English Language Learning - Resources and Articles
'Language learning is hard work ... Effort is required at every moment and must be maintained over a long period of time. Games help and encourage many learners to sustain their interest and work.'
'Games also help the teacher to create contexts in which the language is useful and meaningful. The learners want to take part and in order to do so must understand what others are saying or have written, and they must speak or write in order to express their own point of view or give information. Here is a word document with a list of games to use in the classroom with new English learners
Articles linked to how to choose games and why.
Instructional Strategies A to Z for ELL
English Language Learners (ELLs) face the double challenge of learning academic content as well as the language in which it is presented. Teachers have traditionally treated language learning as a process of imparting words and structures or rules to students, separate from the process of teaching content knowledge. This approach has left ELLs especially unprepared to work with the complex texts and the academic types of language that are required to engage in content area practices, such as solving word problems in Mathematics, or deconstructing an author’s reasoning and evidence in English Language Arts. ELLs need to be given frequent, extended opportunities to speak about content material and work through complex texts in English with small groups of classmates.
English as a Second Language (ESL) programming helps students learn English while also learning about Canadian cultural values, customs and social expectations.
The goal of ESL programming is to provide students with instruction and support that will help them to speak the English language fluently, further their education, and become productive and contributing members of Albertan and Canadian society. ESL programming is funded for both Canadian-born and foreign-born students.
Making a Difference is an Alberta Education Resource. In teaching students who are learning English as another language, the big picture is the same as it is for all students. Teach every student based on his or her developmental and language proficiency level and identify and address the needs of each student. Effective instruction for English language learners needs to both support achievement of grade-level learning outcomes and promote language acquisition. All teachers, in all subject areas, share the responsibility for language development, out of both necessity (because students need to learn English to learn content) and best practice (because students learn English more easily and fully within an authentic context). Providing such instruction begins with the planning described in Chapter 2: Purposeful Planning. As you work through this planning process, consider how the following ideas may affect your instruction.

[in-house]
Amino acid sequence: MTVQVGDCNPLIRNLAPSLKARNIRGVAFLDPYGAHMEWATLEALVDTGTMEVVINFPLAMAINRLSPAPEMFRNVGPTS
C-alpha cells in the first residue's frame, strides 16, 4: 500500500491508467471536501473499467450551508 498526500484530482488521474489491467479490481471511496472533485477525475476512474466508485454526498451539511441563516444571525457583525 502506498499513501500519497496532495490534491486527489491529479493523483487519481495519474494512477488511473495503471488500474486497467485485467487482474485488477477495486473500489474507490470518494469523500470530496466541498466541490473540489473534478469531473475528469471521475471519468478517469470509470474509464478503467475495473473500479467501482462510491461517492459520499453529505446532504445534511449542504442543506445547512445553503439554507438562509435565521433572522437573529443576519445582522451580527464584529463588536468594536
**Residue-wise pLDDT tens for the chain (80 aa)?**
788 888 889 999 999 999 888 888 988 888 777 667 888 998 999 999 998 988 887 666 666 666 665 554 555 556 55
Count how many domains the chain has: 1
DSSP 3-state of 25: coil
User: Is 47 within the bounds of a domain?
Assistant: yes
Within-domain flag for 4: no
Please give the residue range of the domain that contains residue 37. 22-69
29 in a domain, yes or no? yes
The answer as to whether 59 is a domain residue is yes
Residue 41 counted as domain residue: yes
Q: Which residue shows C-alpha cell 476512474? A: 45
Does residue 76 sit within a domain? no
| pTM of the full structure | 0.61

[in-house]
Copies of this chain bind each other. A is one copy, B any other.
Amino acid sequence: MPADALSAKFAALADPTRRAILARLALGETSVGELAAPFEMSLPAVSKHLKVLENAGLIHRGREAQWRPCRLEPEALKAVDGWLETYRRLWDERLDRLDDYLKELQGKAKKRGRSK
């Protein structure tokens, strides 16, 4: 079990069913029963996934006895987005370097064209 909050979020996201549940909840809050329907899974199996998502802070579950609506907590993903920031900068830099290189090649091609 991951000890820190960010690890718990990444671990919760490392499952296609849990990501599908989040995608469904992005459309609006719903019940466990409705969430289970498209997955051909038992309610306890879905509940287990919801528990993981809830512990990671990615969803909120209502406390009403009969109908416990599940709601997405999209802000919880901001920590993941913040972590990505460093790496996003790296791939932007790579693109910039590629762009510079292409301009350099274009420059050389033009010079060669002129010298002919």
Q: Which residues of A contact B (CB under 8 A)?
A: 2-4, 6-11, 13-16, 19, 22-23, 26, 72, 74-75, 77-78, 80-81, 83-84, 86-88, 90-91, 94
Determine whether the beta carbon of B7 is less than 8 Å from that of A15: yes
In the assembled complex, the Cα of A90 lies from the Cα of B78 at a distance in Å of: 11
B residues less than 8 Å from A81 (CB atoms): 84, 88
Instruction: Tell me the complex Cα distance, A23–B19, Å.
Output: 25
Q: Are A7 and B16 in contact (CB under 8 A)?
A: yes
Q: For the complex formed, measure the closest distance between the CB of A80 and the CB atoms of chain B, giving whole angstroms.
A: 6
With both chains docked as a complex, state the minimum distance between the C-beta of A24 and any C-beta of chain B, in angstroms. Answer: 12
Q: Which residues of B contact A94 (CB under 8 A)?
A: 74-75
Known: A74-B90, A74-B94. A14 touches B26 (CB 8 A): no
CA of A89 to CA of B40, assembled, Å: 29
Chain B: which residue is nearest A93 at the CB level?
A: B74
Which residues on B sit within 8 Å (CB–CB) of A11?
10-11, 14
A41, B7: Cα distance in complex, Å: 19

A variety of documents and a powerpoint to help with planning, preparation and teaching ELL Students:
The GO TO Strategies is an outcome of the Project EXCELL professional development delivered to the NKCS teachers and was written by the team of Dr. Linda New Levine, Ms. Laura Lukens, and Dr. Betty Ansin Smallwood.
The 78 strategies selected were modeled and discussed with the teachers during the practitioner-oriented courses. The GO TO Strategies was designed to be used as a resource by K-12 general education and content-area teachers with English language learners (ELLs) in their classrooms, ELL teachers, special education teachers, principals and other supervisors overseeing the instruction of diverse groups of students in North Kansas City Schools and for professional development of these educators.
ESL teachers know that differentiating instruction is the most effective way to teach ESL students, who come to class from a wide variety of backgrounds and circumstances. A comprehensive ESL program involves three major activities: direct language instruction, the creation of a culturally inclusive environment, and differentiation and modification of curriculum.
Comprehension is the goal of reading, but it can be the most difficult skill to master, especially for English language learners (ELLs). ELLs often have problems mastering science, math, or social studies concepts, for example, because they cannot comprehend the textbooks for these subjects.
Horizon School Division has developed an easy infographic to help with ELL Benchmarks, coding and funding for English Language Learners in our school division.